WAYNE COUNTY, PA — Now that the curve has been flattened, PA counties have moved into the green phase and many people have resumed living their lives as normal—most conversations about …
WAYNE COUNTY, PA — Now that the curve has been flattened, PA counties have moved into the green phase and many people have resumed living their lives as normal—most conversations about COVID-19 are revolving around the possibility of a “second wave.” Both Wayne and Pike counties have seen a handful of new positive cases crop up in the weeks since going green. Health officials say that new cases are expected with less restrictive guidelines in place. But in order to keep that rise in check, officials say that it’s absolutely critical to perform timely contact tracing.
When a new case is identified, state health officials or local health centers work with the infected person to determine who they have been in contact with and, therefore, who they have potentially exposed to the virus. They also determine the proximity and duration of the contacts’ interactions with positive cases. Wynter Newman of Wayne Memorial Community Health Centers (WMCHC) said that, under Centers for Disease Control (CDC) guidelines, mask-to-mask exposures are considered low-risk and therefore do not require the contacts to quarantine. In unmasked exposures, contacts must self-quarantine for two weeks since the last time they were with the positive case. Contacts are also instructed to monitor their own symptoms and may be directed to get tested.
Through effective contact tracing, the state’s health departments can keep exposed people at home and prevent them from possibly spreading the virus even further. Experts say the most important time for tracing is during times of reopening—right now.
According to reporting from investigative news outlet Spotlight PA, Gov. Tom Wolf has allowed most PA counties to move into the green phase “without a full and consistent contact tracing system in place.” Pennsylvania’s system has been described as “a patchwork of hospital systems, nonprofits, county governments and state-employed public health nurses.”
In this region, a small staff of PA Health Department nurses based in Wayne and Pike counties did most of the contact tracing work in the early days of the pandemic. Newman said that the growing number of cases quickly became too high for the small number of nurses to handle on their own. This prompted WMCHC to develop a tracing procedure of its own.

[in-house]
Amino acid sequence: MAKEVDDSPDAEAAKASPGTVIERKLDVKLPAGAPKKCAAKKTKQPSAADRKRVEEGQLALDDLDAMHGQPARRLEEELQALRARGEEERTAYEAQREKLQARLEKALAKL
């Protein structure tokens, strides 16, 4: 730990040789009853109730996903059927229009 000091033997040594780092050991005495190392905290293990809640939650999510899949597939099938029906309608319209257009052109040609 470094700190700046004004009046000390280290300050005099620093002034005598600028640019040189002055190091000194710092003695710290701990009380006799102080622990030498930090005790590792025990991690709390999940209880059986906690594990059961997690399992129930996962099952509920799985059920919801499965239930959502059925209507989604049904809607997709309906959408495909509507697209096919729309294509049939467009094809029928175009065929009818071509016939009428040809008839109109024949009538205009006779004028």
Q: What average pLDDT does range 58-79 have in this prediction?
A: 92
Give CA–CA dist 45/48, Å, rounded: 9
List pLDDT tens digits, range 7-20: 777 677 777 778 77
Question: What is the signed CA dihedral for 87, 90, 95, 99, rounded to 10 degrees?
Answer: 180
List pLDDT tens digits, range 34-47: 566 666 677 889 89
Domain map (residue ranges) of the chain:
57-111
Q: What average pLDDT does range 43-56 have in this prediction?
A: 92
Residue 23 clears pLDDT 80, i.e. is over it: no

“We kind of did it on our own initiative, and to be honest, I think that we did it a little bit sooner than a lot of other healthcare centers because we had the resources,” she said, explaining that their health centers had a larger staff and fewer patients.
Since going green, Wayne County has not experienced any major upticks in cases. This is good news for the area’s contact tracers, Newman said, since it’s a more complex job right now than when Wolf’s stay-at-home order was still in place.
“In the previous couple of weeks prior to the county and state starting to reopen, it was a little bit easier because people didn’t have as many contacts because they were staying home; now that’s expanding,” she said. “Fortunately, we haven’t seen many new cases, so we haven’t had the experience of having a huge, broad spectrum of contact tracing.”
Research data suggests that PA is lacking in contact tracers, and could be underprepared if cases begin to surge again. According to the “Contact Tracing Workforce Estimator” developed by researchers at The George Washington University, PA needs about 3,100 contact tracers; a recent press release from the department of health noted that the state employs 500 tracers, and around 1,000 more have volunteered. Wolf’s administration has said that it’s looking to hire more, intending to “double” its number of contact tracers in the “near future.”
Other states throughout the country have found outside-the-box solutions to amassing larger tracing teams—training librarians, employees at nonprofit organizations, school nurses and college students.
Newman said that for now, WMCHC has not needed to seek outside help for contact tracing, though that is a possibility for the future.
“There is a lot of talk in our [Federally Qualified Health Center] world about funding coming down to hire people and to have a literal contact tracing department,” she said. “But at this time, we really like that it’s within our individual office because the majority of patients in the community are our patients... so we get to continue to have that personal connection with the patient.”
Compared to other PA counties and other states, Newman said that Wayne County has had effective contact tracing since early on. She added that masking and social distancing has kept numbers low here, and that this has played the most important role in preventing healthcare workers—like contact tracers—from getting overwhelmed.
“The biggest part was the proof of the masking and the social distancing that kept our numbers down that allowed us to move to the green phase. I just hope that people continue to respect that part and be cognizant of that, and hope that we can keep our levels down, move through the summer, enjoy the summer, allow the children to go back to school with whatever parameters they put into place in the fall, and then prepare for the school season.”
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